It’s also important to understand if student performance is improving or declining. The “main” NAEP provides trend data beginning in the early 1990s. The long-term trend NAEP is a separate test that has been tracking student achievement since 1971. Both the Main NAEP and NAEP Long-Term Trends provide achievement data broken down by student group.
Why does student performance on NAEP differ from state tests?
Under federal law, each state sets its own proficiency level on state exams. While some states grade their students against proficiency standards that are as high as NAEP, others use standards lower than NAEP. The Center for Public Education provides more information on comparing state and NAEP assessments in two of its guides, Score wars and The proficiency debate.
Congress established NAEP in 1969, and while the exam is voluntary, all states that receive Title I funds must participate in the reading and mathematics assessments in fourth and eighth grade. NAEP administers the reading and mathematics exams every other year, while other subject-area exams such as U.S. History typically occur every four years. More information on the NAEP program and schedule of exams can be found in The Nation’s Report Card, Questions and Answers.
Although NAEP aims to provide data at the state and national level, some districts have also participated in the assessment. The districts include Atlanta, Austin, Boston, Charlotte-Mecklenburg, Chicago, Cleveland, Houston, Los Angeles, New York City, and San Diego. The 2009 urban district results have been released in math and in reading.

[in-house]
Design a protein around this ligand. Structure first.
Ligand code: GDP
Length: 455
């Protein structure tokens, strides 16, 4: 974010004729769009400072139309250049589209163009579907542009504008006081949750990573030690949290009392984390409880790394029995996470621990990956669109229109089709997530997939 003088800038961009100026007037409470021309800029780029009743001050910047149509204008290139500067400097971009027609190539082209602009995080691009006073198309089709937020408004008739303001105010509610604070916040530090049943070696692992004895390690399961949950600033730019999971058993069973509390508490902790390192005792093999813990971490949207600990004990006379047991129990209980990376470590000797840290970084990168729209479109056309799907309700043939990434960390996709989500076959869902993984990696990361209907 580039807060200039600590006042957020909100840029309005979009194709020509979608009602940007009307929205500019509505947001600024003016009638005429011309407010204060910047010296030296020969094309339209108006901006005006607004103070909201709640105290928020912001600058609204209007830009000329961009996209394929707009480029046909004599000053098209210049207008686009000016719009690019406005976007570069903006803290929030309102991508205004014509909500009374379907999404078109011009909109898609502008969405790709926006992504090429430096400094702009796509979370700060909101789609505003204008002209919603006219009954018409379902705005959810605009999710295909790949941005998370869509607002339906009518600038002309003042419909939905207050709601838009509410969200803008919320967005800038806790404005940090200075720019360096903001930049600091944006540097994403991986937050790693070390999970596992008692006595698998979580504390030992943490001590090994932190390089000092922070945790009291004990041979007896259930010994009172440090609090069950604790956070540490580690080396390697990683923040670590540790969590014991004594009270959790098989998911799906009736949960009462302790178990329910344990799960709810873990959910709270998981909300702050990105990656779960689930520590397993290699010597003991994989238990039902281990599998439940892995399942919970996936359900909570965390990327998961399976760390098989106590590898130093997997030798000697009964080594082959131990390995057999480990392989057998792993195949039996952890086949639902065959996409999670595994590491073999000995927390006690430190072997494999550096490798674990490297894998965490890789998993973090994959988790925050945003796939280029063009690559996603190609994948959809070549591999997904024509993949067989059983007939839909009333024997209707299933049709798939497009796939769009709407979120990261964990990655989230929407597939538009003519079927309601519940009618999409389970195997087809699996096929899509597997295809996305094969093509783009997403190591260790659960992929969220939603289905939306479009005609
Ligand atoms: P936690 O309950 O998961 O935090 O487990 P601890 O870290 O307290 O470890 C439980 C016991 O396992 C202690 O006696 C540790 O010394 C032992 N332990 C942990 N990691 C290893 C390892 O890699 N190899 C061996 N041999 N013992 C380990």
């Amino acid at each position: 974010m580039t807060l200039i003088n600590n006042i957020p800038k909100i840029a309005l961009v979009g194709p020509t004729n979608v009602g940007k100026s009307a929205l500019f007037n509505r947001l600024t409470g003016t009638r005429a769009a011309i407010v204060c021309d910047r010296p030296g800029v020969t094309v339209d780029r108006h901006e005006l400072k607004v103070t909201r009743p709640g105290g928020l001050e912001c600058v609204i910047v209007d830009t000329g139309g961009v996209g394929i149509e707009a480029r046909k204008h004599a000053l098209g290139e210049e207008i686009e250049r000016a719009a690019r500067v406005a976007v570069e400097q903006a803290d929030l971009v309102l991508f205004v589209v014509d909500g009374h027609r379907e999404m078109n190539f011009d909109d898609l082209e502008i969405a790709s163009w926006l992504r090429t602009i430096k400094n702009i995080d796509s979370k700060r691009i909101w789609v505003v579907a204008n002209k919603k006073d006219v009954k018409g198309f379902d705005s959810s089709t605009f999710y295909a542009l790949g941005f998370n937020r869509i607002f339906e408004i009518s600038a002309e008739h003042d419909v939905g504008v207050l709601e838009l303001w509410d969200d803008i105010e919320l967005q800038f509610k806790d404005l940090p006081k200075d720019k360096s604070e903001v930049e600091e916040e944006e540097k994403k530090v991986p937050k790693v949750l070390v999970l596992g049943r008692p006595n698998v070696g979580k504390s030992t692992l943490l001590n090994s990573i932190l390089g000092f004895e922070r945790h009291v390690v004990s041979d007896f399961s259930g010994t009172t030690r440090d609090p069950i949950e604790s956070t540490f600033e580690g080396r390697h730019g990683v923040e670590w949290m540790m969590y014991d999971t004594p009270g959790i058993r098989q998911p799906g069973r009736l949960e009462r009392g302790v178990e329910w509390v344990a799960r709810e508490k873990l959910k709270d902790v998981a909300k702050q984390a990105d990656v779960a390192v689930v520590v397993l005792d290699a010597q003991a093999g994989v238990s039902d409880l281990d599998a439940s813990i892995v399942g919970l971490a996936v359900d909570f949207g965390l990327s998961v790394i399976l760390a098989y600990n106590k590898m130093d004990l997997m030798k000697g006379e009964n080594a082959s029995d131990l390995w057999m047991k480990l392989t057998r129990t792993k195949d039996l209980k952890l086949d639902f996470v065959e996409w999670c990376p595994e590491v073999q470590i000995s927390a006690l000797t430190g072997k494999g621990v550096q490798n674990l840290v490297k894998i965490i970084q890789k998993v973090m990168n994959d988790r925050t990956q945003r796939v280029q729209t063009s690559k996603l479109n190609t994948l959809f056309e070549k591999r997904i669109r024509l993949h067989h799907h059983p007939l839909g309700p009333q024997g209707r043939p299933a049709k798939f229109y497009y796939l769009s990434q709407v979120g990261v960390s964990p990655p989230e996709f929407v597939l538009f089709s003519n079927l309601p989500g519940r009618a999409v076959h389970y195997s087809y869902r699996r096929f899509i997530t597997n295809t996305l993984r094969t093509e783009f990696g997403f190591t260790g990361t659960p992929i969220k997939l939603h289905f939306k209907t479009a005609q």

NAEP measures student performance against an academic framework. The framework is a broad outline of what students should know and be able to do and was developed by the U.S. Department of Education with the help of educators, policymakers, and the general public.
In the mathematics framework, for example, fourth graders at the proficient level should be able to use whole numbers, have a conceptual understanding of fractions and decimals, and be able to use four-function calculators. Results on the exams are reported by scale scores or by the achievement levels based on these frameworks. Researchers typically use the scale scores because they offer more precise results, while policymakers and the public usually report scores according to the achievement levels. More information on the test development and frameworks can be found on the National Assessment Governing Board Web site.
The NAEP program—and its academic frameworks—has not been without its critics. Some states have argued that the exam does not reflect their local curricula, and some experts have criticized the design of the academic frameworks. Most notably, a 1998 report by the National Academy of Science found that the process for setting NAEP achievement levels was flawed and argued that the performance benchmarks were set too high. While the Department of Education maintains that the assessment program is sound, it has contracted with the Buros Center for Testing for an external evaluation. More information on the debate over NAEP and the NAEP frameworks can be found on the Center for Public Education Web site. Information about the Buros Center evaluation can be found on the here.